Invited Talk: We Are All Poor Schmucks: On the Value of Gradual Types
I always assumed gradual types were to help those poor schmucks using untyped languages to migrate to typed languages. I now realise that I am one of the poor schmucks. Much interest within the programming language community now centres on systems such as session types, effect types, and dependent types, which are not currently available in any widely-used language. To support migration from legacy code to code with these exotic type systems, some form of gradual typing appears essential.
(Adapted from A Complement to Blame, Philip Wadler, SNAPL 2015.)
Philip Wadler is Professor of Theoretical Computer Science at the University of Edinburgh and Senior Research Fellow at IOHK. He is an ACM Fellow and a Fellow of the Royal Society of Edinburgh, past chair of ACM SIGPLAN, past holder of a Royal Society-Wolfson Research Merit Fellowship, and winner of the SIGPLAN Distinguished Service Award and the POPL Most Influential Paper Award. Previously, he worked or studied at Stanford, Xerox Parc, CMU, Oxford, Chalmers, Glasgow, Bell Labs, and Avaya Labs, and visited as a guest professor in Copenhagen, Sydney, and Paris. He has an h-index of 70 with more than 25,000 citations to his work, according to Google Scholar. He contributed to the designs of Haskell, Java, and XQuery, and is a co-author of Introduction to Functional Programming (Prentice Hall, 1988), XQuery from the Experts (Addison Wesley, 2004), Generics and Collections in Java (O’Reilly, 2006), and Programming Language Foundations in Agda (2018). He has delivered invited talks in locations ranging from Aizu to Zurich.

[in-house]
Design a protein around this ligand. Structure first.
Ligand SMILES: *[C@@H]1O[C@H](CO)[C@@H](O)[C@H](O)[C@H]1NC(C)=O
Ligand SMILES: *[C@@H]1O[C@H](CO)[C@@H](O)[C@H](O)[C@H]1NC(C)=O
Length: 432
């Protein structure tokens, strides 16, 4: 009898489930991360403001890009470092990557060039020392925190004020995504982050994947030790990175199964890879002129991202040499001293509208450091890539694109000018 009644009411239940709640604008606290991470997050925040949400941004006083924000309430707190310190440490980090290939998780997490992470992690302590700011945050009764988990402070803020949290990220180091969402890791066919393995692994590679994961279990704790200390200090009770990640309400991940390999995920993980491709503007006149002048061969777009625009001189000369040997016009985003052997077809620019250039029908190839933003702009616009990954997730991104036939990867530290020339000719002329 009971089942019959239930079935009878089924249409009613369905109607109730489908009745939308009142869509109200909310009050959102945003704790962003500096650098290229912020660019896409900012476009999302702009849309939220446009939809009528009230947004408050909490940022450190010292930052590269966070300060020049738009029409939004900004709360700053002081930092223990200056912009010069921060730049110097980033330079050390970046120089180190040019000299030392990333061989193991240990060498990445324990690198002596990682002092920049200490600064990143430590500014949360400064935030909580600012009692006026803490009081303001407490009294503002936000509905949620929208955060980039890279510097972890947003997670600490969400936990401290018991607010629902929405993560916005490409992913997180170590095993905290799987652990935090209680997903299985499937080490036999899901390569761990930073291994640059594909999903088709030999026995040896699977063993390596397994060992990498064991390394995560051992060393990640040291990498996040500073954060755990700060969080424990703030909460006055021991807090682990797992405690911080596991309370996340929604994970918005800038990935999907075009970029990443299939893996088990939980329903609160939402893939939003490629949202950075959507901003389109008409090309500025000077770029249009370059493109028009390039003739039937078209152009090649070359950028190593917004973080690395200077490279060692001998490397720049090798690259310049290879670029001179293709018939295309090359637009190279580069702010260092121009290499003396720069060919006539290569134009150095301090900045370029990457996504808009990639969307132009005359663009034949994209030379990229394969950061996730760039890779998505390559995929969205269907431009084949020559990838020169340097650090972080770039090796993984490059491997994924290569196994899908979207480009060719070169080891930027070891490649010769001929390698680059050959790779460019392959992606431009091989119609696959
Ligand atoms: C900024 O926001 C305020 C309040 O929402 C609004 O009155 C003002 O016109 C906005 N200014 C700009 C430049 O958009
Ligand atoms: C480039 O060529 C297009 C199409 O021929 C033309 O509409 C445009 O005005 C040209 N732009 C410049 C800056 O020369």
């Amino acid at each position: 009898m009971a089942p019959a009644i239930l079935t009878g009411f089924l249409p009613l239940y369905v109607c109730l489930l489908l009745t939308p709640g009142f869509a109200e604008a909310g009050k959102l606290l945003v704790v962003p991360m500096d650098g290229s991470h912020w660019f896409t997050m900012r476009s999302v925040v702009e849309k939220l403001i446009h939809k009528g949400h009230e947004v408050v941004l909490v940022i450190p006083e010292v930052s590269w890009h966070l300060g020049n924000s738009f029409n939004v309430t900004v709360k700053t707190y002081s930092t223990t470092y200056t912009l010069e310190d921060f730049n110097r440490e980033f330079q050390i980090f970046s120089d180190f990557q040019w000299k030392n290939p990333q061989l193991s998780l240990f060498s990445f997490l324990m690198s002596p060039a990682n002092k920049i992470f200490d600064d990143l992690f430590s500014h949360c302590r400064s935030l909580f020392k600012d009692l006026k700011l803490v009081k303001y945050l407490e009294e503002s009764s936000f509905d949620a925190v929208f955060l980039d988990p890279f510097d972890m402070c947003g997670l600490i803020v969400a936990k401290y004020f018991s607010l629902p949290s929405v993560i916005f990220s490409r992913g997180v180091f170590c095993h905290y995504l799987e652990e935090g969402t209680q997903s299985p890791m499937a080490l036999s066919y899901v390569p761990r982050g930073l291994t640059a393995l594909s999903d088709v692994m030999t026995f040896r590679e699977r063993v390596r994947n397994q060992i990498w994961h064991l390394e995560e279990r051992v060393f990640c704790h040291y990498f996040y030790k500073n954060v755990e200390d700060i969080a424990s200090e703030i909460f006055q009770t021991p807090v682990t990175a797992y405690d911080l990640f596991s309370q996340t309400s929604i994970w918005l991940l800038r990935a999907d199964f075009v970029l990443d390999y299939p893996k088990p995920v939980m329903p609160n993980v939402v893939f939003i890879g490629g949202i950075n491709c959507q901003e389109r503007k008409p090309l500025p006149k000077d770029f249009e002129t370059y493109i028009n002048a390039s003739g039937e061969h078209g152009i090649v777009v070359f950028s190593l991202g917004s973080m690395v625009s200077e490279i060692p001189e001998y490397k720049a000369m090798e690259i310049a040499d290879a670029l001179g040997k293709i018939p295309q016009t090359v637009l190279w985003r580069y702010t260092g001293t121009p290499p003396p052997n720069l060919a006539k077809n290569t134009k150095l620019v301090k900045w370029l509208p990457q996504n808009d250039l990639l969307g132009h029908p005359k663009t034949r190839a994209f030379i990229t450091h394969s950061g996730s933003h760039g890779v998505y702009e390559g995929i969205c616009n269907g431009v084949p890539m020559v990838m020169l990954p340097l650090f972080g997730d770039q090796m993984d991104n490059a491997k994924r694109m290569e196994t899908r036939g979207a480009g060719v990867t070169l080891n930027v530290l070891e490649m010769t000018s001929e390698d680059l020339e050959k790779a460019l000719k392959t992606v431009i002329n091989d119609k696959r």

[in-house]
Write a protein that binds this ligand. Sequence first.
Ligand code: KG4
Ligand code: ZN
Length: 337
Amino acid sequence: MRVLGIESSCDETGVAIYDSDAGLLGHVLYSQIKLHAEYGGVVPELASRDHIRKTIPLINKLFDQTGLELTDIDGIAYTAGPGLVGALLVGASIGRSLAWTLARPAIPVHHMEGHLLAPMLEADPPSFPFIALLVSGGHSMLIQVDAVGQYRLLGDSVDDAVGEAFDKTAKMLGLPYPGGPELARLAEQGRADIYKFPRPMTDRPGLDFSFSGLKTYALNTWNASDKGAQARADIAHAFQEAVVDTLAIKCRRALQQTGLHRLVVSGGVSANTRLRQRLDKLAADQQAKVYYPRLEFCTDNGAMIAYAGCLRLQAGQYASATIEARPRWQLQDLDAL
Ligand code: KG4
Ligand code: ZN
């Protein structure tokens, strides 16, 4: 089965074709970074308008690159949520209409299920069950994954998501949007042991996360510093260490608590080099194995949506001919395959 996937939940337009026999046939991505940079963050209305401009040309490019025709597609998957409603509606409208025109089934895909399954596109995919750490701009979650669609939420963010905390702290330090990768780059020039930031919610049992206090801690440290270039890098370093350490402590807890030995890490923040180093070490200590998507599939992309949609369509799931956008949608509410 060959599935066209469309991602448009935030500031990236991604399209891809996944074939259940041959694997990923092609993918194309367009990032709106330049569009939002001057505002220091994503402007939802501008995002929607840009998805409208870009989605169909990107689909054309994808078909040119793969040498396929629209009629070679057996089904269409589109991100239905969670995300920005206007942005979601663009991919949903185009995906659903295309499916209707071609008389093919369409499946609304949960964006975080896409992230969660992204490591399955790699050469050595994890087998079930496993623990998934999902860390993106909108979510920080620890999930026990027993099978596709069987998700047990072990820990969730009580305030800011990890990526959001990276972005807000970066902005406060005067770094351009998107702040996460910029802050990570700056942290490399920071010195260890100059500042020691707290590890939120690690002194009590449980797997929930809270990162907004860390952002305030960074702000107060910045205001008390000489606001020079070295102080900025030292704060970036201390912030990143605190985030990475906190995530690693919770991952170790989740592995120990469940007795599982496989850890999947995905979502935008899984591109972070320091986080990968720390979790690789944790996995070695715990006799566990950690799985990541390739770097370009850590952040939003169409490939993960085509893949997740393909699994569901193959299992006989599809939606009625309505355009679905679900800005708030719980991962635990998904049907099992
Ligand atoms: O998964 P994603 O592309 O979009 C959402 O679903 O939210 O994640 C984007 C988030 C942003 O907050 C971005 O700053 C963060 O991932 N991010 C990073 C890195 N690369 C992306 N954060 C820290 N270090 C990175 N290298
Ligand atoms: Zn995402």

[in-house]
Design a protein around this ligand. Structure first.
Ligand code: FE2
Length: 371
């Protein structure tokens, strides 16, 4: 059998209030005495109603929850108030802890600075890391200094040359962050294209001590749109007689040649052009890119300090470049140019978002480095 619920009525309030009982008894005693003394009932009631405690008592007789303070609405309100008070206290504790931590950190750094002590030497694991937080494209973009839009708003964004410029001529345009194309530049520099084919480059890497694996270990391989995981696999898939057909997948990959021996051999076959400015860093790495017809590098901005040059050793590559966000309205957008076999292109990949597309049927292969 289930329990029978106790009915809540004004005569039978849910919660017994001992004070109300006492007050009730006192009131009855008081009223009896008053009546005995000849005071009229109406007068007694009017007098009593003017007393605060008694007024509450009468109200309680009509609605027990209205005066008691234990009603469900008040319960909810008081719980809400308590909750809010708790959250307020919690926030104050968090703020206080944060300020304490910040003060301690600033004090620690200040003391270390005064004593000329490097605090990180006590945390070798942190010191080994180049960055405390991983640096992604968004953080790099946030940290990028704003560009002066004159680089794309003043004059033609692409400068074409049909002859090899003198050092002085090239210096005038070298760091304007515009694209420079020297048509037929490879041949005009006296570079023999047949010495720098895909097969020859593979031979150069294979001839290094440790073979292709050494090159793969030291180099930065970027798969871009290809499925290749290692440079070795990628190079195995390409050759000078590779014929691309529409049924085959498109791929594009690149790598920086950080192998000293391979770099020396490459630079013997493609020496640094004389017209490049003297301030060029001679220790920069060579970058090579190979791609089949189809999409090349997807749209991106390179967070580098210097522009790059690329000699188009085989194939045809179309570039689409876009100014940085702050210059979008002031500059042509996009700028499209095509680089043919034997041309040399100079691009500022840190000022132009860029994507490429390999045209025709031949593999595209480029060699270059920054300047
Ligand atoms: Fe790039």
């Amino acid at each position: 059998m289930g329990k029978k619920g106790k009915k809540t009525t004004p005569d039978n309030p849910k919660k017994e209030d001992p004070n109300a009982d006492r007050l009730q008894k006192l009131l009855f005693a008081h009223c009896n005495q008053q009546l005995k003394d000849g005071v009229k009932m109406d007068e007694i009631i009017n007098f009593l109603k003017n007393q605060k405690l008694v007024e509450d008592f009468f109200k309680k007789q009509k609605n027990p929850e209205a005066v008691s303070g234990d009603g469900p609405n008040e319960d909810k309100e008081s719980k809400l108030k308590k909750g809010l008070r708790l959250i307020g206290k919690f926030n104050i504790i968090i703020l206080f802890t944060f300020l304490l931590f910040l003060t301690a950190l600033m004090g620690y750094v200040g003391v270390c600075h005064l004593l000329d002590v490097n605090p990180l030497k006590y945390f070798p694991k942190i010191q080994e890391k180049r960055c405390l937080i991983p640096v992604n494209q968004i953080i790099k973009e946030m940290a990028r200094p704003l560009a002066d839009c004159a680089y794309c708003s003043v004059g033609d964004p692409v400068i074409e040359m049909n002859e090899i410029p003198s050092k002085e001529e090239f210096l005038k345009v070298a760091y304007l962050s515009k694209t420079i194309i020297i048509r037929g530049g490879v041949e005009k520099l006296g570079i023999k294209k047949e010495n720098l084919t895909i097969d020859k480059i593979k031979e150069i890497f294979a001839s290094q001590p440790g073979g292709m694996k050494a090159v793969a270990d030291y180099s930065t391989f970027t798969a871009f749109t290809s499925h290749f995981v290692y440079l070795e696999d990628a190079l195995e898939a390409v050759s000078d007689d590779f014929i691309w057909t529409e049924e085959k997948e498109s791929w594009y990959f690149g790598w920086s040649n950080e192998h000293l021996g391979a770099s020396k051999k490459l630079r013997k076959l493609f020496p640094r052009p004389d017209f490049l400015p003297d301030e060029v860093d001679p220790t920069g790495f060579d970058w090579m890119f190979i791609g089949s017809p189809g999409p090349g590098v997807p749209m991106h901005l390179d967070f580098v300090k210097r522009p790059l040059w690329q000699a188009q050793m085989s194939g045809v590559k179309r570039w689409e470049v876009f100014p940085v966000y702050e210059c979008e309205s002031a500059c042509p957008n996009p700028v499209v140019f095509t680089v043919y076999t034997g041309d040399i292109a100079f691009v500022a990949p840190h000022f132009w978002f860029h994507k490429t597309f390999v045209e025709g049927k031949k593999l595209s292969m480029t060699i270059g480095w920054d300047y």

Tue 21 JanDisplayed time zone: Saskatchewan, Central America change
15:30 - 17:00
|Invited Talk: We Are All Poor Schmucks: On the Value of Gradual Types|
Philip Wadler University of Edinburgh, UK
|Panel: Experience and Direction|